(The above featured image was used with permission, and both Molli and Brittney have asked for feedback on their site.)
Molli is an aspiring model; Brittney is a photographer trying to put together a portfolio. Molli poses nude for Brittney and they post the test shots here, hoping to get feedback. They link it to Facebook and the social network bans the photos. Brittney gets upset and complains about American prudishness and about her photos being art, not porn. She also protests that people have a choice to click the link or not (as they do with the links in this blog post), and that she is not forcing anyone to see nudity if they don’t want to. I suspect this is a scenario most of my readers would be familiar wit
The standard way of dealing with such links is by labeling them NSFW. This tells people that they should be aware that they could get in trouble, or offend people, or maybe even just look creepy if they click on it in public. It also acts as a warning to parents who may not want their kids to see such things. It is, I think, a reasonable pragmatic compromise that protects everyone’s freedom, but it hides an interesting philosophical problem. I would suggest that once something is deemed art, no matter how “dirty” it might be, it should no longer be labelled “not safe for work.” Its sexual content should no longer to be regarded as prurient, but a part of something bigger and more important.
What I am suggesting may seem odd. I appear to be claiming that once something is labelled art it will no longer arouse the viewer, but I would never claim such a thing. Art has always inspired sexual thoughts and some of the most beautiful paintings are also the most erotic. My position instead is that even if we consider arousal to be negative (which many of us do not), it is a small price to pay for artistic exploration. Great art can inspire fear, anger, awe, disgust, curiosity, puzzlement, confusion, and any other emotion we can think of. We should not exclude erotic desire from the list of acceptable reactions, even in public.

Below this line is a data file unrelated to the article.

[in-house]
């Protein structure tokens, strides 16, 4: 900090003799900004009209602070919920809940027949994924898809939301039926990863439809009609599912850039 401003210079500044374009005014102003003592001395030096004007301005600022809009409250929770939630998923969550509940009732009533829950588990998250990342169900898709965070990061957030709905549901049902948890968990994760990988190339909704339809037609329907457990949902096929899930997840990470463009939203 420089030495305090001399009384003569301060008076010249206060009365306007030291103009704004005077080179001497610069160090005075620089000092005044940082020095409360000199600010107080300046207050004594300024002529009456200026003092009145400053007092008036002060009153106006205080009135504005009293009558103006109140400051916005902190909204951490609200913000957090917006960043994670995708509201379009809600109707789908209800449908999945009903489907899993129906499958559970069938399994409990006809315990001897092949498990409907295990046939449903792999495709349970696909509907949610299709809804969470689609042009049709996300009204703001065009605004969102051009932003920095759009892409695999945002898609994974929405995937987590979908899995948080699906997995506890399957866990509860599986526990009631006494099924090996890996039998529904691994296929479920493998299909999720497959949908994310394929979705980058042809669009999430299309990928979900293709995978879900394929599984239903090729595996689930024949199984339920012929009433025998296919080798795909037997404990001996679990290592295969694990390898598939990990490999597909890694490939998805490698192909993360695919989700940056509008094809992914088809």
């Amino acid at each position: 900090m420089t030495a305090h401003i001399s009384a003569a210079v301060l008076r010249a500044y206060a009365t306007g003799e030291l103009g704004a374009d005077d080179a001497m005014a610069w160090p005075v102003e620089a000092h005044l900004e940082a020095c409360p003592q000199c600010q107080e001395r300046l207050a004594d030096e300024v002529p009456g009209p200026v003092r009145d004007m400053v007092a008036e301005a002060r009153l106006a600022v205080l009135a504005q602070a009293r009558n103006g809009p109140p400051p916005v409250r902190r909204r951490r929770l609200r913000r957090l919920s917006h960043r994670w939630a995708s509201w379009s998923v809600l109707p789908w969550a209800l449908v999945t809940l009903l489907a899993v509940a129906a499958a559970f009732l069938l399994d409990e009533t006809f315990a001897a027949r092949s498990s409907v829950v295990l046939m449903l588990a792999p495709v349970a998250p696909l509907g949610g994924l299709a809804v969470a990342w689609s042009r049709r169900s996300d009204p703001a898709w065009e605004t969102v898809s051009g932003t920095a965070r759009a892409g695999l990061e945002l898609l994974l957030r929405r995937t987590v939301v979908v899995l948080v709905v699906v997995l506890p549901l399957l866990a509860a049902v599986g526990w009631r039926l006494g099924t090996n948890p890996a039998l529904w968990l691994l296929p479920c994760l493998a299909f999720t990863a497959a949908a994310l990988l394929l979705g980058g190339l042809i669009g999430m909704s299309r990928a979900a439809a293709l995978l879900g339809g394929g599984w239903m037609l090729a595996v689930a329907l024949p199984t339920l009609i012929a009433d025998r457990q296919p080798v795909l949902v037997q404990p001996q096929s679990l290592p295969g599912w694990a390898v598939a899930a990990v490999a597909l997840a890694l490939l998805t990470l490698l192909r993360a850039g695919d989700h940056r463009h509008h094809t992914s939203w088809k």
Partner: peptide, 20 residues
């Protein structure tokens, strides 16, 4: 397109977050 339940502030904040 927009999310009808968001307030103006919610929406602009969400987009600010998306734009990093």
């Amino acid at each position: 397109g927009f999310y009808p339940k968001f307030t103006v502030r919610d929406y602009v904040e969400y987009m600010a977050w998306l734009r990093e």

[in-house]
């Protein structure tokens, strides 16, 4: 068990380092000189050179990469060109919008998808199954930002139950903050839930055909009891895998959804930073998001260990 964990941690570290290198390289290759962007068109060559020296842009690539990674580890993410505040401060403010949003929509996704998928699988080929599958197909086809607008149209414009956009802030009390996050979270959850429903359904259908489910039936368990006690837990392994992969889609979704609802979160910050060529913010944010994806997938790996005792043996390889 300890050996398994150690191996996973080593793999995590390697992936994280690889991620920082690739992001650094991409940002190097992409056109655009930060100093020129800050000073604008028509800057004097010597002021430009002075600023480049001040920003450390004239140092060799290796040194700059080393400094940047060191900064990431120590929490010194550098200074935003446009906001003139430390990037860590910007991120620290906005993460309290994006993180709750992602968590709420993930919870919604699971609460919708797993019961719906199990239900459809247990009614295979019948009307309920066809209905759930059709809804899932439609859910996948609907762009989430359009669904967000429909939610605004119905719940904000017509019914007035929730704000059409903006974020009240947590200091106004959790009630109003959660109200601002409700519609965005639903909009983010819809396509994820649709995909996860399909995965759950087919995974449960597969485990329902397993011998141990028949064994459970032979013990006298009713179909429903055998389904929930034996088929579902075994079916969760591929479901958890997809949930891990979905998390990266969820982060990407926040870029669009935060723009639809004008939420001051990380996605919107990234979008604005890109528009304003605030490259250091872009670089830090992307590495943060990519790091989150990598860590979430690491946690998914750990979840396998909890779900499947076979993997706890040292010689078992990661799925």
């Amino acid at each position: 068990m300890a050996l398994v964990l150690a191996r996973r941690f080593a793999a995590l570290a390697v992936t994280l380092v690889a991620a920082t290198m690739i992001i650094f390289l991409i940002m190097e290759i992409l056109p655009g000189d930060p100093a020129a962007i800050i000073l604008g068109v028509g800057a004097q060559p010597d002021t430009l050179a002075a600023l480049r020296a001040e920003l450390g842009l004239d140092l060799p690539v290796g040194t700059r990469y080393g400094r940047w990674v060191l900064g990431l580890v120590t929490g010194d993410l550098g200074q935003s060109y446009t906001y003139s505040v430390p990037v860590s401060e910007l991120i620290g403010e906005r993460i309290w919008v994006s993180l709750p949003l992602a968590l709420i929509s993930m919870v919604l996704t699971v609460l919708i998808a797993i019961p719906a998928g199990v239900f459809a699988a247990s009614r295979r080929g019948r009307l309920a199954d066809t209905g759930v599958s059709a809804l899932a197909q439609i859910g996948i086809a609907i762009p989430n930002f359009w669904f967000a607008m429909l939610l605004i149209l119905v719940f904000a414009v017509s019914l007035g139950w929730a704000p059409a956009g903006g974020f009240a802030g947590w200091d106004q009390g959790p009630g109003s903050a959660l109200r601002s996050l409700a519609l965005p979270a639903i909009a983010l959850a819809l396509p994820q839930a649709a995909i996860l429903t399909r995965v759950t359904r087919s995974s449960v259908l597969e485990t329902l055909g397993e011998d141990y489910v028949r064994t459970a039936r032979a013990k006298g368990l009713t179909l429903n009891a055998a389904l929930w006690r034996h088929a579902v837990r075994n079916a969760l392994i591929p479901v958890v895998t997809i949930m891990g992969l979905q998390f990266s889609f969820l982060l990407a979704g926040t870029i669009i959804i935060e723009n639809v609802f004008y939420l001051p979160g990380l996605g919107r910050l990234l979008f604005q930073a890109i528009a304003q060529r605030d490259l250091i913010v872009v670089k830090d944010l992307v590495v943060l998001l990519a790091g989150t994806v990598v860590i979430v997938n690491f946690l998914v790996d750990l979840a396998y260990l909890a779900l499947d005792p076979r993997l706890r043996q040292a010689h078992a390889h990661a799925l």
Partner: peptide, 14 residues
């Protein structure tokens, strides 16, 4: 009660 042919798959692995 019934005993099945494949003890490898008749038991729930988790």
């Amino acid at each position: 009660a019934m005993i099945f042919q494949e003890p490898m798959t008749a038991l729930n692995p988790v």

Brittney’s objections took a different form. She complained about American’s fear of the body. She’s right, of course. America is much more puritanical than the French or Germans, for example. But this isn’t a concern about art, it’s about culture and a part of a different discussion.
She also pointed out that people have the freedom not to look if they don’t want to. Again, I’m in complete agreement, although the issue isn’t that people don’t want to look at nudity, it is that they neither want to be seen looking at nudity nor see others aroused by it. But even this too is overly simplistic because the fact of the matter is that many of us are indeed open to seeing or being seen as long as the other people involved are people whom we want to see or whom we want to see us. The precondition for voyeurism and exhibitionism is our own sexual desire and thus, Brittney’s objections are about erotic norms and not art in and of itself.